Of course, you have countless options. The key is, do the more demanding workout in the morning and leave the smaller to the evening, because they won't be taxing on your body. You can also go for something like:

    AM: Back (Break the rule of training chest on monday)
    PM: Front delts + Triceps

    AM: Chest
    PM: Rear & Lateral delts + Biceps


    What do you do when you have a weak bodypart? Some people say work it for longer by adding sets, while others say keep doing what you're doing and it will catch up. Well I don't agree with either. I normally have proportional build but there have been times when I lost muscle due to not being able to work out for some reason, and I hadn't lost equally. Going back to regular training didn't let me catch up. I personally believe that if one body part is lagging behind, you should train it more frequently. Not working "more" or "longer", but more frequently. Let's say I have a lagging chest, and I normally do 12 sets for it weekly. Increasing it to only 15 (Not that much at all), but training it 3 times a week (5 sets per session) will give me better results. The volume is not considerably higher, but as I start fresh each time, I'm able to go heavier, it definitely helps better with strength but it has helped me with catching up in terms of size as well. The rest of bodyparts are to be trained regularly (Preferably a bit of less volume than regular hypertrophy training to avoid burnout), they could be worked through splits or full body routines, or both at the same time. Let's say I train my chest 3 times a week, I could either spend other days on training other bodyparts, or just train them in the evening and take 4 days off. The latter is lately what I'd prefer, as I've been getting better results by increasing my off days for anaerobic training. So a split could look like this:

    Monday-Wednesday-Friday: AM:Chest (Flat press on monday, incline on wednesday, dips on friday) PM: Full body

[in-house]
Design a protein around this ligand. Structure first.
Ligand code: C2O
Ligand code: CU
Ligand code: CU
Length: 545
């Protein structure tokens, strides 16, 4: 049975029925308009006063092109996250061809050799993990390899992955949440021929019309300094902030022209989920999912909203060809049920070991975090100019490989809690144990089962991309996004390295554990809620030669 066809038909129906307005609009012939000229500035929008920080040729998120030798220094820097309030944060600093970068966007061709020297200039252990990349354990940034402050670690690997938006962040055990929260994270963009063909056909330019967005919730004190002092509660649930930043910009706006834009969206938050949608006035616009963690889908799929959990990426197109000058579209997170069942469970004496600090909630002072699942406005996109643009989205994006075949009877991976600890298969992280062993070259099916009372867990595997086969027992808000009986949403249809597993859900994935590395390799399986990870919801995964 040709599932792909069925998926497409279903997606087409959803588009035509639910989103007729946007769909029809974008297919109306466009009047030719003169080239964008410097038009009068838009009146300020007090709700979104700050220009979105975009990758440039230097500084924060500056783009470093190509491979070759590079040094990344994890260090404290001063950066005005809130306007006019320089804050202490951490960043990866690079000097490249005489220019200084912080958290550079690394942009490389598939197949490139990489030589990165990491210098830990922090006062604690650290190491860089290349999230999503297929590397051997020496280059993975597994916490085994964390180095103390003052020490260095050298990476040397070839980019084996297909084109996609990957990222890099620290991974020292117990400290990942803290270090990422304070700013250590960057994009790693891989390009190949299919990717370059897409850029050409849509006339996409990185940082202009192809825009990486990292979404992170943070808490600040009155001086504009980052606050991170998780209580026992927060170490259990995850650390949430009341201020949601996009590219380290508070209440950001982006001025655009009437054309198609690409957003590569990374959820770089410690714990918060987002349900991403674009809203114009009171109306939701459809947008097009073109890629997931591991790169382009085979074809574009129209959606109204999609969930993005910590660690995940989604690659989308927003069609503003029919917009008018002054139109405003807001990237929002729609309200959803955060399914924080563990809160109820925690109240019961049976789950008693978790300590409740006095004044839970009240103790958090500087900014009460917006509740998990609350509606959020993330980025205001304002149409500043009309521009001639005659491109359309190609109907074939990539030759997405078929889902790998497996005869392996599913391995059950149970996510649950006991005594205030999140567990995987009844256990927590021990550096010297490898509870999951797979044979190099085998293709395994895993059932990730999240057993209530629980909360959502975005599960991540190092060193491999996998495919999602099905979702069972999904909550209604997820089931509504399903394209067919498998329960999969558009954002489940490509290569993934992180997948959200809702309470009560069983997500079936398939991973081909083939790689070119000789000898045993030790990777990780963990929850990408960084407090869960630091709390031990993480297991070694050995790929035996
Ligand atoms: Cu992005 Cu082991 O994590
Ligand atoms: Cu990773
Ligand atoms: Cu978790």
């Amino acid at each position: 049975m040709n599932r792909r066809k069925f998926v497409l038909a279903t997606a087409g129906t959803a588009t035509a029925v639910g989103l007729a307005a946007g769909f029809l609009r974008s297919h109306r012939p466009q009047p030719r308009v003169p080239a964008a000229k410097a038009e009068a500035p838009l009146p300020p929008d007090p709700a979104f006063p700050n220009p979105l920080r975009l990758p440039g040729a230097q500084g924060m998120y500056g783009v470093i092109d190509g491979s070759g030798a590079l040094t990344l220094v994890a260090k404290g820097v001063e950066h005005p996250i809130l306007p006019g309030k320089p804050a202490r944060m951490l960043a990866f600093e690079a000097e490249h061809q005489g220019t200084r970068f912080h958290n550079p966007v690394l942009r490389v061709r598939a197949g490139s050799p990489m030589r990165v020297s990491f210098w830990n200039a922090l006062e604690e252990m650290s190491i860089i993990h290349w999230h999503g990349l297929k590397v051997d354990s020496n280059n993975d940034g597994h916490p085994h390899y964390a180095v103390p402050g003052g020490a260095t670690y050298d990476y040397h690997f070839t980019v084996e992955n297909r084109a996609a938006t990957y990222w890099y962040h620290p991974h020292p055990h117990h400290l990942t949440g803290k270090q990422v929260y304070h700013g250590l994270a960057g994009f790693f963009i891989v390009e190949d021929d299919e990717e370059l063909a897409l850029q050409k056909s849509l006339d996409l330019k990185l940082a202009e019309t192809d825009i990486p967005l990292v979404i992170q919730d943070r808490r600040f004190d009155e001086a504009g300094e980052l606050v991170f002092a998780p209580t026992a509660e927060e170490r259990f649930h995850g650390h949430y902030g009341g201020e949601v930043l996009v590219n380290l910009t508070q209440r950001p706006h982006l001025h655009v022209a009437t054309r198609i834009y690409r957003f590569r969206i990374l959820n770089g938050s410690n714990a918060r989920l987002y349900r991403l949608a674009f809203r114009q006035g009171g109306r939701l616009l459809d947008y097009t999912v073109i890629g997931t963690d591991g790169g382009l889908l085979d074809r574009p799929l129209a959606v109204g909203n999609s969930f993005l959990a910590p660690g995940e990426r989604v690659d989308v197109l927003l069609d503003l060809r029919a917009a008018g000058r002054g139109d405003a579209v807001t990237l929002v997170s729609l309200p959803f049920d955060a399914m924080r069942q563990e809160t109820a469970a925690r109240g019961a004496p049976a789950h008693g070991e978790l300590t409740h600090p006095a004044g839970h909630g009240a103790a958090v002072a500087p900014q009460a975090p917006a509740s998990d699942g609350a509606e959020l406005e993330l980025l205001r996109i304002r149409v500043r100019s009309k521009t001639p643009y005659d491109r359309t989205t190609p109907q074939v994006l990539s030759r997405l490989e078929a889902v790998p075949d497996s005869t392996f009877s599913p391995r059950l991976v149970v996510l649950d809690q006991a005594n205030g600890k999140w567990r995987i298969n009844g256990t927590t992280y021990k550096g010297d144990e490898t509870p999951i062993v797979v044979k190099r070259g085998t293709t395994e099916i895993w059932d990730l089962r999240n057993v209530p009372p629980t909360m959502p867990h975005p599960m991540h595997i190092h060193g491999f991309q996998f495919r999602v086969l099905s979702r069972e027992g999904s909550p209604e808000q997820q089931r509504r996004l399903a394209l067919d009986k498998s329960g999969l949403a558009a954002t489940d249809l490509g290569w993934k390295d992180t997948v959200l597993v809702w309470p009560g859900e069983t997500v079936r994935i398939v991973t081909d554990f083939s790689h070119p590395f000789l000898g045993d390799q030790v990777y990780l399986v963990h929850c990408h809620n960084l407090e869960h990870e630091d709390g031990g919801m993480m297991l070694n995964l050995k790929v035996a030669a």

AM-Chest (Flat press) +Arms (Only 3 sets for biceps and triceps each)
    PM-Leg (Half of regular weekly volume)

    AM-Chest (Incline work)+ Shoulders (1 or 2 exercises)
    PM-Back (Half of regular weekly volume)

    AM-Chest (Dips)
    PM-Full body

    There are countless options. But keep in mind that this last kind of workouts is totally advanced and will not be needed for most people. Simply don't question which bodypart is disproportional unless you have put 40 pounds of muscle since you started training. And even when you do it, this is supposed to be a cycle and usually 4-6 weeks is enough.


    There are countless ways of lifting twice a day (You can even have 4DAW split but adjust it in a way that you complete it in 3 days by lifting twice on one of the training days). Old school bodybuilders did it, olympic weightlifters do it. As I say often, training split is not what your workout is, all splits work if you train smart each session and one workout session doesn't affect the next one too badly. Keep your volume low enough to recover until evening, do the larger group in the morning (Unless you're doing specialization), you can still make gains just as much and in some cases there are even advantages of working out twice a day. Some steroid freaks can do 30 sets in the morning and another 30 in the evening, this is what you should avoid. Also, working a muscle group twice a day doesn't work. It can work for pure strength, where fatigue and volume is very low but if you want some size along with it, you need some fatigue and recovery time. If you don't want joint overuse, excess fatigue and burn out, don't do same movements in hypertrophy ranges more than once a day. Also note that it works better when you at least work half of your body in a session, since the session is supposed to be short, you should get the best anabolic response possible.


  2. #2
    Senior Member Onlythebestwilldo's Avatar
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    Good read. Cheers.

  3. #3
    Elite j2048b's Avatar
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    Re: Lifting Twice a Day

    Great read!

    I was wondering though since i would have more rest theu the day, couldnt ido legs in the evening instead of the am ?

    Also i love ur set up for the 3 days a week, could the windlers 531 be set up in this fashion or would it be too taxing?